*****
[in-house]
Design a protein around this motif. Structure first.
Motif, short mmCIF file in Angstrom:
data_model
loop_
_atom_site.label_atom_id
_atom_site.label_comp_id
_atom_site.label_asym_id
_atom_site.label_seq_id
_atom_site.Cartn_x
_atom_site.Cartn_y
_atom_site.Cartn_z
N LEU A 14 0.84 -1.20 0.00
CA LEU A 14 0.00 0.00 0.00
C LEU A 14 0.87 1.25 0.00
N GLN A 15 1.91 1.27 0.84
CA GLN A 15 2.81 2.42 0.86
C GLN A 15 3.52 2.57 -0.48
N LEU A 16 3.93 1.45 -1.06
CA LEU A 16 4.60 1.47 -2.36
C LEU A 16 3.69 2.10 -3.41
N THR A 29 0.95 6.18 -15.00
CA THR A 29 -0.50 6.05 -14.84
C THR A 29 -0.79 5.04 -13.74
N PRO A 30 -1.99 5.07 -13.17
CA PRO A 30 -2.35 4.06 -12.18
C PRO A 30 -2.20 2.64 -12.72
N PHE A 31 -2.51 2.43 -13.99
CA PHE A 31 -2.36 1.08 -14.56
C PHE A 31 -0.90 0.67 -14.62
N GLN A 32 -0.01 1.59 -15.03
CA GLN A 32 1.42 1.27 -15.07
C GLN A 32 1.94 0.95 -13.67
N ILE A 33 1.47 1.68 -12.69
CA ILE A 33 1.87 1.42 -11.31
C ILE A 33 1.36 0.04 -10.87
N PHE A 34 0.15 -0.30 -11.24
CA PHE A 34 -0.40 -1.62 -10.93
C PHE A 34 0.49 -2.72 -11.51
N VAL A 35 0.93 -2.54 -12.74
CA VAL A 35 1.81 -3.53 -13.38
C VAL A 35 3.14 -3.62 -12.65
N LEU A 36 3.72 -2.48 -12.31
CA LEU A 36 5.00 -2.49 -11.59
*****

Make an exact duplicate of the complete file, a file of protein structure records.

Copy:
[in-house]
Design a protein around this motif. Structure first.
Motif, short mmCIF file in Angstrom:
data_model
loop_
_atom_site.label_atom_id
_atom_site.label_comp_id
_atom_site.label_asym_id
_atom_site.label_seq_id
_atom_site.Cartn_x
_atom_site.Cartn_y
_atom_site.Cartn_z
N LEU A 14 0.84 -1.20 0.00
CA LEU A 14 0.00 0.00 0.00
C LEU A 14 0.87 1.25 0.00
N GLN A 15 1.91 1.27 0.84
CA GLN A 15 2.81 2.42 0.86
C GLN A 15 3.52 2.57 -0.48
N LEU A 16 3.93 1.45 -1.06
CA LEU A 16 4.60 1.47 -2.36
C LEU A 16 3.69 2.10 -3.41
N THR A 29 0.95 6.18 -15.00
CA THR A 29 -0.50 6.05 -14.84
C THR A 29 -0.79 5.04 -13.74
N PRO A 30 -1.99 5.07 -13.17
CA PRO A 30 -2.35 4.06 -12.18
C PRO A 30 -2.20 2.64 -12.72
N PHE A 31 -2.51 2.43 -13.99
CA PHE A 31 -2.36 1.08 -14.56
C PHE A 31 -0.90 0.67 -14.62
N GLN A 32 -0.01 1.59 -15.03
CA GLN A 32 1.42 1.27 -15.07
C GLN A 32 1.94 0.95 -13.67
N ILE A 33 1.47 1.68 -12.69
CA ILE A 33 1.87 1.42 -11.31
C ILE A 33 1.36 0.04 -10.87
N PHE A 34 0.15 -0.30 -11.24
CA PHE A 34 -0.40 -1.62 -10.93
C PHE A 34 0.49 -2.72 -11.51
N VAL A 35 0.93 -2.54 -12.74
CA VAL A 35 1.81 -3.53 -13.38
C VAL A 35 3.14 -3.62 -12.65
N LEU A 36 3.72 -2.48 -12.31
CA LEU A 36 5.00 -2.49 -11.59